I logged into my Google Meet on Wednesday, ready for another adventure in Grade 6 Tefillah, and as each 11-and 12-year old joined up, I noticed that a significant number of them had changed their avatars to symbols and signs of social protest. Here I sit, an American expatriate living and working in Canada’s capital, heading up a community Jewish day school where expressions of social justice and repair are logical conclusions to curricular content, and while the grownups carefully plan what is and what is not appropriate to teach, to discuss and to do – while I struggle to decide whether and how to use my voice – a group of (mostly) white, Jewish Canadian children with little to no education in American race relations, little to no experience of racism or prejudice, and little to no understanding of police brutality have already left me behind.
Yesterday, I had a chance to participate in a very special program and conversation with our Grade 5 students and Special Guest Tande Maughn and we are gearing up for a Middle School one next week. But the impetus did not come from me. Grade 5 General Studies Teacher Melissa Thompson took the lead. While I struggled to decide whether and how to engage our Canadian Jewish school in an American social protest movement, our teachers – almost none of whom share my American background or education – left me behind.
Lots of unsatisfying reasons…
In March of 2018 (my first year in Canada), I wrote a response to Parkland and Las Vegas where I expressed my disorientation,
…a strong feeling that I cannot quite put my finger on – somewhere sour between FOMO (fear of missing out) and JOMO (joy of missing out). I feel motivated to do something, grateful to not have to, left out of a conversation I don’t want to have to be in, but feel guilty for missing out on…I have neither an audience nor an address.
The issue there was, of course, gun violence.
Now even when working in the States, I always took great care not to wade too deeply into matters of controversy and politics over the years.
Before moving to Ottawa, we spent 12 years in Nevada and Northern Florida deeply embedded in Jewish communities whose purple and [Republican] red political hues contrasted sharply with our deep [Democratic] blue upbringing and bicoastal lives to that point. We have learned to respectfully disagree with dear friends whose views [on guns] run counter to our own. We are proud Americans. We were proud when we lived in California, New York, Nevada and Florida. We are proud now that we live in Canada.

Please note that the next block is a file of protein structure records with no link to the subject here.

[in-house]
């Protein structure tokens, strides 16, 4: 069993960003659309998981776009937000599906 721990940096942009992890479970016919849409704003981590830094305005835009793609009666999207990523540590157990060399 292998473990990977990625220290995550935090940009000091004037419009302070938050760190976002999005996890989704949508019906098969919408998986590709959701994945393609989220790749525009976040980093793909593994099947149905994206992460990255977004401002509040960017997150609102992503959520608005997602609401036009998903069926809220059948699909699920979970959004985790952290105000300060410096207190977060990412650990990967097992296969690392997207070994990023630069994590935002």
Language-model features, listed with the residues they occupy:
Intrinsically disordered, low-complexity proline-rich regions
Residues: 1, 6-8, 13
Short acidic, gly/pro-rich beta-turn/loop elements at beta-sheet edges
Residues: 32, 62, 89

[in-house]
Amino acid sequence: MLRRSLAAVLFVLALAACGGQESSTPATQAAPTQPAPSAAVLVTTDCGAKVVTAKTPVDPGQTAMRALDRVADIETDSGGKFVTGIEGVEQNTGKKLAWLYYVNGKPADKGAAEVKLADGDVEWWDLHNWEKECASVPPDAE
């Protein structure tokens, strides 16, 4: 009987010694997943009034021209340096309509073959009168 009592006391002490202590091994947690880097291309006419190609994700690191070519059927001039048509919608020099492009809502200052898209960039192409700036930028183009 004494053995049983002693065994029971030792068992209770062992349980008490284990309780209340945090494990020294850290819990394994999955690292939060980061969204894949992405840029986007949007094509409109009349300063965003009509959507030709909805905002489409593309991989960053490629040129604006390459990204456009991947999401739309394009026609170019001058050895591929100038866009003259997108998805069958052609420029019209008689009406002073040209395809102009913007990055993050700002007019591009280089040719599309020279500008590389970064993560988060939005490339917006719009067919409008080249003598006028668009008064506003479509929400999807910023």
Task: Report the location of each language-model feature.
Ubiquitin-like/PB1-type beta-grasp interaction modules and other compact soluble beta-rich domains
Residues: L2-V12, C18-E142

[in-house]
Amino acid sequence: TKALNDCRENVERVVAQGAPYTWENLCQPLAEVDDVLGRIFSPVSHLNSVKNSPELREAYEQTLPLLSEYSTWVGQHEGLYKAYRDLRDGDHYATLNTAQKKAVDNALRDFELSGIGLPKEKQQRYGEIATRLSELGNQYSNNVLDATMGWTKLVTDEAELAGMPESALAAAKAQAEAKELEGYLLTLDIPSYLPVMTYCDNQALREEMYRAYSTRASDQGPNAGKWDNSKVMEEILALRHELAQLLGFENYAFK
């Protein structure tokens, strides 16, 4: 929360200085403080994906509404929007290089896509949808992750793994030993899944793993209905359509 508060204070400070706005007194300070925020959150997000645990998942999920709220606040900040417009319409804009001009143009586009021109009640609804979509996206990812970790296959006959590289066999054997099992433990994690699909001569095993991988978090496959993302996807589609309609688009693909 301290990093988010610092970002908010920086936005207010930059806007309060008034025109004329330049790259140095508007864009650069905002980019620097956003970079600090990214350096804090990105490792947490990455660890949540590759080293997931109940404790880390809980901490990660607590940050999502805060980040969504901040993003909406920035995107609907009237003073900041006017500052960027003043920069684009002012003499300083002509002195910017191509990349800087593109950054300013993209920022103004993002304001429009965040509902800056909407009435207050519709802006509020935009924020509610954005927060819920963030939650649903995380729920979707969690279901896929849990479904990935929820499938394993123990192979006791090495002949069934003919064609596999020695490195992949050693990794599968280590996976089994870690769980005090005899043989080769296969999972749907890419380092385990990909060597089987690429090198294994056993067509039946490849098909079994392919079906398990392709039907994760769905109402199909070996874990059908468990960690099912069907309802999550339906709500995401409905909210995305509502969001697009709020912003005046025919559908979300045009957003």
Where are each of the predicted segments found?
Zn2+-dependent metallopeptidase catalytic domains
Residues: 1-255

So there is a part of this that is about having had my cultural and political bubble healthily punctured to welcome people of good intent with very different views than my own brought in. But I don’t think my reticence is just about being worried about injecting myself (and by proxy the school) into a polarized place.
There is certainly a sense that I don’t know enough about the different history of Black Canadians. [Just saying “Black” is hard for me to type as I have been conditioned to say “African American”. When we moved here, one of my daughters asked me what we should call “African Americans” in Canada? African Canadians? It is still hard for me to say “Black” without feeling insensitive. That’s a trivial example of cultural bias for an American living abroad.] I don’t know enough about the relationship between the Canadian Jewish Community and the Black Canadian Community to make best meaning of this moment. And so part of my reluctance to speak is fear of being ignorant.
Our speaker in Grade 5 came to us and spoke from her heart and, thus, touched ours. I told the students that one of the bravest things you can do is to allow yourself to be vulnerable to others. And so, I should try to live up to that myself. To say nothing would suggest that I have no stake in this issue, that it neither impacts me nor is it incumbent upon me to participate in. But as a citizen and as an educator, as a human being and as a Jew, I do have a stake, I am impacted and I do believe it is incumbent upon me to participate. And I will, like many others, have to struggle to figure out what participation looks like because I am unwilling to remain forever a bystander. Are we our brother’s keeper? What does that keeping look like on this issue and at this time?
If Rabbi Abraham Joshua Heschel, who described his marching with Martin Luther King Jr. as “praying with legs,” could risk life and limb to make the world a better place, I can and should do more. If we want our schools and our children to really matter to black (and brown and impoverished and diverse and etc.) lives in our communities, we will need to do more than engage in hashtag activism and social media blackouts. We will need to engage with people, even if doing so is complicated by social distancing. That’s what we did yesterday in Grade 5. That’s what we are doing next week in our Middle School. Small steps forward, but steps nonetheless.
The truth is that to stay on the sidelines for fear of political correctness or for fear of getting a few facts mistaken would be an abnegation of our responsibility. All we can do is our best. We try to live up to our ideals. We teach facts. We provide respectful space for opinions. We encourage civic participation. We acknowledge that when one of us cannot speak, then none of us can speak. And as we have been reminded yet again, when one of us cannot breathe, then none of us can easily draw a breath.
For we are all made in the image of “the God in whose hand thy breath is in” (Daniel 5:23).